Byte Back– a Washington, D.C.-based nonprofit that provides computer science training–announced its award of $775,000 from the TD Ready Challenge to scale their operations and expand to Baltimore.
The announcement was made Wednesday after Byte Back was one of 228 American and Canadian applicants who were asked to pitch against 15 other organizations in Toronto, Canada in late August.
Byte Back has provided free classes to underserved residents of Washington, D.C. since 1997. Courses range from beginner to advanced and are six to eight weeks. Beginner classes offer the basics on how to use a computer and send emails, while advanced courses equip students with certifications in information technology and Microsoft Office.
Byte Back does not offer coding classes; however, Byte Back Executive Director Elizabeth Lindsey said students leave the program prepared with skills efficient enough to join coding boot camp.
Lindsey said there are numerous organizations training minority communities on computer science, but Byte Back is unique in that it targets older adults. Most of the students in their program are over the age of 30.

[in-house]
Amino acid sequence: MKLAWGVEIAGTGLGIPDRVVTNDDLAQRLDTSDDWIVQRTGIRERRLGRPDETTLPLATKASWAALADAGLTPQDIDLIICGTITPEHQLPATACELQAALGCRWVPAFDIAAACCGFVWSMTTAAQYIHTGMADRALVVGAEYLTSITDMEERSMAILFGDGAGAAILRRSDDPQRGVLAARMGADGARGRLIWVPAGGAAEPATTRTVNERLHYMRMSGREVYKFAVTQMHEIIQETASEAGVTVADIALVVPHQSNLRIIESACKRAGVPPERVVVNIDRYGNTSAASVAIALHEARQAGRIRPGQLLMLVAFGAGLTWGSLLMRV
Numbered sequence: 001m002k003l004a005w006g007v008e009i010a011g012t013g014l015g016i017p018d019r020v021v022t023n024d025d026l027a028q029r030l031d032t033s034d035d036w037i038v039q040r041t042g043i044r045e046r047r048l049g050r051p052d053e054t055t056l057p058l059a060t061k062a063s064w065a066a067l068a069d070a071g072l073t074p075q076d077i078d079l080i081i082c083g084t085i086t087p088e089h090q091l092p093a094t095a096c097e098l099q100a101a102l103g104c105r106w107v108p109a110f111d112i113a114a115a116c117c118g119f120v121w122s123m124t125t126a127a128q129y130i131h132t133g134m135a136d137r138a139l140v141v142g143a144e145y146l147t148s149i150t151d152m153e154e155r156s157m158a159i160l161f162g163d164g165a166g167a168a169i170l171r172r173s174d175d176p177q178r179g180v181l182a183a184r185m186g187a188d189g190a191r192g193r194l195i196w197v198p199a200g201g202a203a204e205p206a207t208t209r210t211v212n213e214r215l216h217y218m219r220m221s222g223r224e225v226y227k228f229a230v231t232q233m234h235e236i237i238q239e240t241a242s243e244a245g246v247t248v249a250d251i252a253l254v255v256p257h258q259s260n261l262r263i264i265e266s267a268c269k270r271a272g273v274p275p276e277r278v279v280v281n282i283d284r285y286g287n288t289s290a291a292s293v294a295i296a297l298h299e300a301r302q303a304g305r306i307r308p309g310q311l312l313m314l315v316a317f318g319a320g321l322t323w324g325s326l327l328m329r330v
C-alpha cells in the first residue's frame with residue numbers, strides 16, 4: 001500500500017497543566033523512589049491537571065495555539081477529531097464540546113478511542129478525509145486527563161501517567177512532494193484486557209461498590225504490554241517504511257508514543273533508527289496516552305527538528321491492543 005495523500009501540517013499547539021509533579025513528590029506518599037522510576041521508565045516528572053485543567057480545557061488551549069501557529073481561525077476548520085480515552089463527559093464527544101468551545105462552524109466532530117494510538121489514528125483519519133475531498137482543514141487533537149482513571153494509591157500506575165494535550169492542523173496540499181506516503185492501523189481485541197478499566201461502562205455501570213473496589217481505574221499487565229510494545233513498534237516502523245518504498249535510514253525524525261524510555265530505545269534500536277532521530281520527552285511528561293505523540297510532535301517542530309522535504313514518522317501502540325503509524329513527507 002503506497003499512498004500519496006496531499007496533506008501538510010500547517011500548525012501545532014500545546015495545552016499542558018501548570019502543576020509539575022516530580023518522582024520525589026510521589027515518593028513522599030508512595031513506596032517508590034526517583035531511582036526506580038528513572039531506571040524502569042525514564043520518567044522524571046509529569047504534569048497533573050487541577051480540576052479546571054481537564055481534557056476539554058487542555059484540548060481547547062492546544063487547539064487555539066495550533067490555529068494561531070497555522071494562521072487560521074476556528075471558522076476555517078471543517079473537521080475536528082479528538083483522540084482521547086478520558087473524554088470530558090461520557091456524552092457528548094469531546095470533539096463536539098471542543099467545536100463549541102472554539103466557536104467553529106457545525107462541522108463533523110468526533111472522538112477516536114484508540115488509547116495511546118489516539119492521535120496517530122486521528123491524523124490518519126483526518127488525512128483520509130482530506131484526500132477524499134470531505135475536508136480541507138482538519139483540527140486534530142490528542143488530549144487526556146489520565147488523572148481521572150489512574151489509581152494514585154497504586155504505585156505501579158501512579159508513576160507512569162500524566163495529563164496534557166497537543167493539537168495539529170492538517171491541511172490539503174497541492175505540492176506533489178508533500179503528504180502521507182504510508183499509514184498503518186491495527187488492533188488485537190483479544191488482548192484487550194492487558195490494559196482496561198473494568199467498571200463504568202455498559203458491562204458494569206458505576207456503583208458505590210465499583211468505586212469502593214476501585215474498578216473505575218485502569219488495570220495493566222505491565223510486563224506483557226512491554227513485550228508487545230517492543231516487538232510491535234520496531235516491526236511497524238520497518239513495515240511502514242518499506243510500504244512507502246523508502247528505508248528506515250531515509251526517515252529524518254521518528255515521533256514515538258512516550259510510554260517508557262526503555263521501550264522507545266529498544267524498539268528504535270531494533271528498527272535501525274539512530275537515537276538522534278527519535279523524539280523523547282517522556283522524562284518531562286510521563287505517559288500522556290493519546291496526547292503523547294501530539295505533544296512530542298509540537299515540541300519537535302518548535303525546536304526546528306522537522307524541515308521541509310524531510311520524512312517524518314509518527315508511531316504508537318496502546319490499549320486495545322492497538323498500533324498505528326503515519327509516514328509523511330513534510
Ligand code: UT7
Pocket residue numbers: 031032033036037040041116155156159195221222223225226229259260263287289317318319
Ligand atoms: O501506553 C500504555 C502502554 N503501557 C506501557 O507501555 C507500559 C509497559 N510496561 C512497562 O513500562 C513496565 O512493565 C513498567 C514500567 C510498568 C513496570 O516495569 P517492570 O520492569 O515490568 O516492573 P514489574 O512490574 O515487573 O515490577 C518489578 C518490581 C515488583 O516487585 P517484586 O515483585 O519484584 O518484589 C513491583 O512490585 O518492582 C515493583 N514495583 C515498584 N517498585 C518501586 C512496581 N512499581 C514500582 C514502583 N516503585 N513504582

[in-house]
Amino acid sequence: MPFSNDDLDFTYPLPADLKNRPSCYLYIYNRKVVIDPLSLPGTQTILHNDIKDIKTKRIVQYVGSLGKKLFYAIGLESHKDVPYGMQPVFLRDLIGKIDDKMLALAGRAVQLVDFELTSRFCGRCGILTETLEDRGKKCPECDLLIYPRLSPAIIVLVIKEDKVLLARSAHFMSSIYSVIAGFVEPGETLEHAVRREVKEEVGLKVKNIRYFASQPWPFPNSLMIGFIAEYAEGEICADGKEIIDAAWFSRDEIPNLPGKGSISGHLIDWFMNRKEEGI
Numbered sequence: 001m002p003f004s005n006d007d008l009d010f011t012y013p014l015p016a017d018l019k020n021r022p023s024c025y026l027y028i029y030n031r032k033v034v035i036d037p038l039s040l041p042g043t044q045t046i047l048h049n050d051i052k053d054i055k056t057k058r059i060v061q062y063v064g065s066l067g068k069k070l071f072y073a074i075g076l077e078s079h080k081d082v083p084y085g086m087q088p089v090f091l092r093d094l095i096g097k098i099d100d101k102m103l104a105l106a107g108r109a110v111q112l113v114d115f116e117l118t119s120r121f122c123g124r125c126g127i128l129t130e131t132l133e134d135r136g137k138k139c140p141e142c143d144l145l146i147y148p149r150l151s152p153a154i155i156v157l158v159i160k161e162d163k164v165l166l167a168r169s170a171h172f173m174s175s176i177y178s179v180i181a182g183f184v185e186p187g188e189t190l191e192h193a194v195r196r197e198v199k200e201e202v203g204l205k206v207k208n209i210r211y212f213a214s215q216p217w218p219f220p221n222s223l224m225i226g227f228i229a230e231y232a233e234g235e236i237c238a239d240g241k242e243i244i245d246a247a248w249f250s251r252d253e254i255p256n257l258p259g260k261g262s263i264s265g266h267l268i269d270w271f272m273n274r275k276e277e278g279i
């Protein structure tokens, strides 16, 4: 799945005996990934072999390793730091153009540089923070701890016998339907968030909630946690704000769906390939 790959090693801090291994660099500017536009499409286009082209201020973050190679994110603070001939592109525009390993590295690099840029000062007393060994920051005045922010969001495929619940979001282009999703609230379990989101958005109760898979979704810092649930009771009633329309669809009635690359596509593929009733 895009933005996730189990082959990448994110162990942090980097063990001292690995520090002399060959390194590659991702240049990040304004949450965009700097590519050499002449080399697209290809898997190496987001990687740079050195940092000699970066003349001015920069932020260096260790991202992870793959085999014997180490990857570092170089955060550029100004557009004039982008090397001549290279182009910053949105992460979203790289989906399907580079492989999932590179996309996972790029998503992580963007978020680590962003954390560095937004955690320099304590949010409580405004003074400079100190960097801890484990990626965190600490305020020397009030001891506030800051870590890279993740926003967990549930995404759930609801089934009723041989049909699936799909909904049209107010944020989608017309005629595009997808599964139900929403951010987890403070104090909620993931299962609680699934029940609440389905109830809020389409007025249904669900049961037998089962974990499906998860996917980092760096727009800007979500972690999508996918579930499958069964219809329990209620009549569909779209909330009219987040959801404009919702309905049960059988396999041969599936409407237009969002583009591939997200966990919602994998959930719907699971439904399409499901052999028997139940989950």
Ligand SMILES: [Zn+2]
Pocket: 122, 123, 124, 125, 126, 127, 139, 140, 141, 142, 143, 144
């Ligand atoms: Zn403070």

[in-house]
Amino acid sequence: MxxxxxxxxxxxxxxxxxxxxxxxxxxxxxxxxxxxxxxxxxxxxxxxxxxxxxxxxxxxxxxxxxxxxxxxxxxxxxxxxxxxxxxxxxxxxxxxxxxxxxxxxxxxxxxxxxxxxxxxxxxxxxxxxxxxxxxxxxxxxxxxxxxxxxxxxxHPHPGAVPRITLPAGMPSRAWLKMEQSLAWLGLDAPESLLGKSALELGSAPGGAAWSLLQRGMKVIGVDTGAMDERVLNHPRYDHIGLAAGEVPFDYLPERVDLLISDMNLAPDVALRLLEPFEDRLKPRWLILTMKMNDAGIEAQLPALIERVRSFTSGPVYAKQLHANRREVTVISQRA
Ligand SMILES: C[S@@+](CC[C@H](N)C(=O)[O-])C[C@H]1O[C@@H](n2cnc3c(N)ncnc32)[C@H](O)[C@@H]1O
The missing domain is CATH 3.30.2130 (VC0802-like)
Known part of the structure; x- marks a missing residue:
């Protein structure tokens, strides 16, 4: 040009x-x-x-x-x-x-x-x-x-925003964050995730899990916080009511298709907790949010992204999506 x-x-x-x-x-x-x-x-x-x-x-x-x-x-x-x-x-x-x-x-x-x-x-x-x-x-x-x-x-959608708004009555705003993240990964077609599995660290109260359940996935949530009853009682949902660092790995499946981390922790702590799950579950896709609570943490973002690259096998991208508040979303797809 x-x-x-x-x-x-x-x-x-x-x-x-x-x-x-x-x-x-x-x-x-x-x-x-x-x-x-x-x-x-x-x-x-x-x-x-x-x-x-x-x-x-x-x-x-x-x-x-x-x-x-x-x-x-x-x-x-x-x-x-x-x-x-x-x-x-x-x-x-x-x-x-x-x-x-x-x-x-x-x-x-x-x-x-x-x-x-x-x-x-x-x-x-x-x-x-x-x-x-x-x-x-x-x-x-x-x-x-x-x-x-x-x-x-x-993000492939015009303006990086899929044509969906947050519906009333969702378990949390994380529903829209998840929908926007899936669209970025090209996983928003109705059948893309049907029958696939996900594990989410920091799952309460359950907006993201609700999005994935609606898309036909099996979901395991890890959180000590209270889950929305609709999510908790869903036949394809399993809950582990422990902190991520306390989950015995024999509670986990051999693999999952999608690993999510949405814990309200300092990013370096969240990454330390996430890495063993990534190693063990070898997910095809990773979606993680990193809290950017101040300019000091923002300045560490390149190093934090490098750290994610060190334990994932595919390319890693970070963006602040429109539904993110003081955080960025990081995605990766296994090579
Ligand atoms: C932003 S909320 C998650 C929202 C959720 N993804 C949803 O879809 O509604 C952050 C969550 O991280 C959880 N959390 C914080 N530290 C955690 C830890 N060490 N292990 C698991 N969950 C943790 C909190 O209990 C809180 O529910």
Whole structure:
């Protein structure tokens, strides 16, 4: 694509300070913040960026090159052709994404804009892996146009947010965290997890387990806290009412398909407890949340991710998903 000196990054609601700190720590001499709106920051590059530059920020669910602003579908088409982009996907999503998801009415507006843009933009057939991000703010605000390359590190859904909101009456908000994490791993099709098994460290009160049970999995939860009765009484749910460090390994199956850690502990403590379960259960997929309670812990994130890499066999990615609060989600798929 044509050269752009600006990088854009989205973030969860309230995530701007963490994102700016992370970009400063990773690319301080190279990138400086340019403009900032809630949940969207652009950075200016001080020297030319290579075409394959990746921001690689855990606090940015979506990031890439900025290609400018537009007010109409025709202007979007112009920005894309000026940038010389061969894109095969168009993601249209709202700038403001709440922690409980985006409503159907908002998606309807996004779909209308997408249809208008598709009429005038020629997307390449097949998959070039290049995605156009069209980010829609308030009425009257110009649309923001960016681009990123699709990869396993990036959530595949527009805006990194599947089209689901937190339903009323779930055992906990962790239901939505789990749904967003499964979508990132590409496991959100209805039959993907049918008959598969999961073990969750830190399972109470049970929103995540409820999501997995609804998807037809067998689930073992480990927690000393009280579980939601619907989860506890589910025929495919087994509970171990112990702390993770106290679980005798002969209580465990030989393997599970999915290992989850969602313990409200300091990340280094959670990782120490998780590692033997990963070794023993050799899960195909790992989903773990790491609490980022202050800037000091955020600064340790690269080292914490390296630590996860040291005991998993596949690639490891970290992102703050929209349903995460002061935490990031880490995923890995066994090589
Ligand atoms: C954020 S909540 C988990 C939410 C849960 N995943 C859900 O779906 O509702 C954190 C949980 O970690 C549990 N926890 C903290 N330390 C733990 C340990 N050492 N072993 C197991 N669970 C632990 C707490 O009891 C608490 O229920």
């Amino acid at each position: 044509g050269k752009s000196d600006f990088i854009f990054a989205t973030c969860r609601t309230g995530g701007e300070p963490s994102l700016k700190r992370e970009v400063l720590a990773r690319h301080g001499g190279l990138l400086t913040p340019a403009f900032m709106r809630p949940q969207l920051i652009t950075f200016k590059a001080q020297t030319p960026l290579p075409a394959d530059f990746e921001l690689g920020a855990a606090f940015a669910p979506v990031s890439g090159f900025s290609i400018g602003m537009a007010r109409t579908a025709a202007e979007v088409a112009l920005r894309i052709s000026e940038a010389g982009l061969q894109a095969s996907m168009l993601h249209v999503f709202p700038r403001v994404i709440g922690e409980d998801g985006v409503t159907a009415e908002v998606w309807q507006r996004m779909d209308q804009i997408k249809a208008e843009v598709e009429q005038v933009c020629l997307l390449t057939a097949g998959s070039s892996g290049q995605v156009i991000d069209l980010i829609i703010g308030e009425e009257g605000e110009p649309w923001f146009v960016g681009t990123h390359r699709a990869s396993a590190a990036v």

“We as a society have done our communities a disservice by not realizing that there are millions of people who are over 30 who really do need training and support moving into careers,” Lindsey said.
Demika Alston, a graduate of Byte Back, now works with the organization and said she’s been able to accomplish many of her personal goals with the program.
“Byte Back helped me transition from working in restaurants where I was a manager for over 15 years,” Alston said. “I’m way more comfortable with using a computer now.”
Alston said the program has also helped her find new ways to connect with her children.
“I wanted to learn all of this so that I could understand what they’re doing,” Alston said.
“Many people who didn’t go to college or who have not gone to school in 10 to 20 years — they don’t have the level of computer and tech skills to be able to start at coding boot camp,” Lindsey said. “We try to bridge the gap for people who have not truly had the opportunity to be exposed to technology.”
Lindsey said the next few months will be “an exploratory time” for Byte Back as the organization figures out which partners and communities in Baltimore need the most help.
Chicago, Phoenix, and Youngstown, OH are on Byte Back’s shortlist of cities to expand to, although Lindsey said the organization is keeping its options open.
“Ninety-eight percent of our students are Black and Latinx so we’re really focused on being in communities of color,” Lindsey said.
Byte Back plans to use some of its award money for its D.C. operations.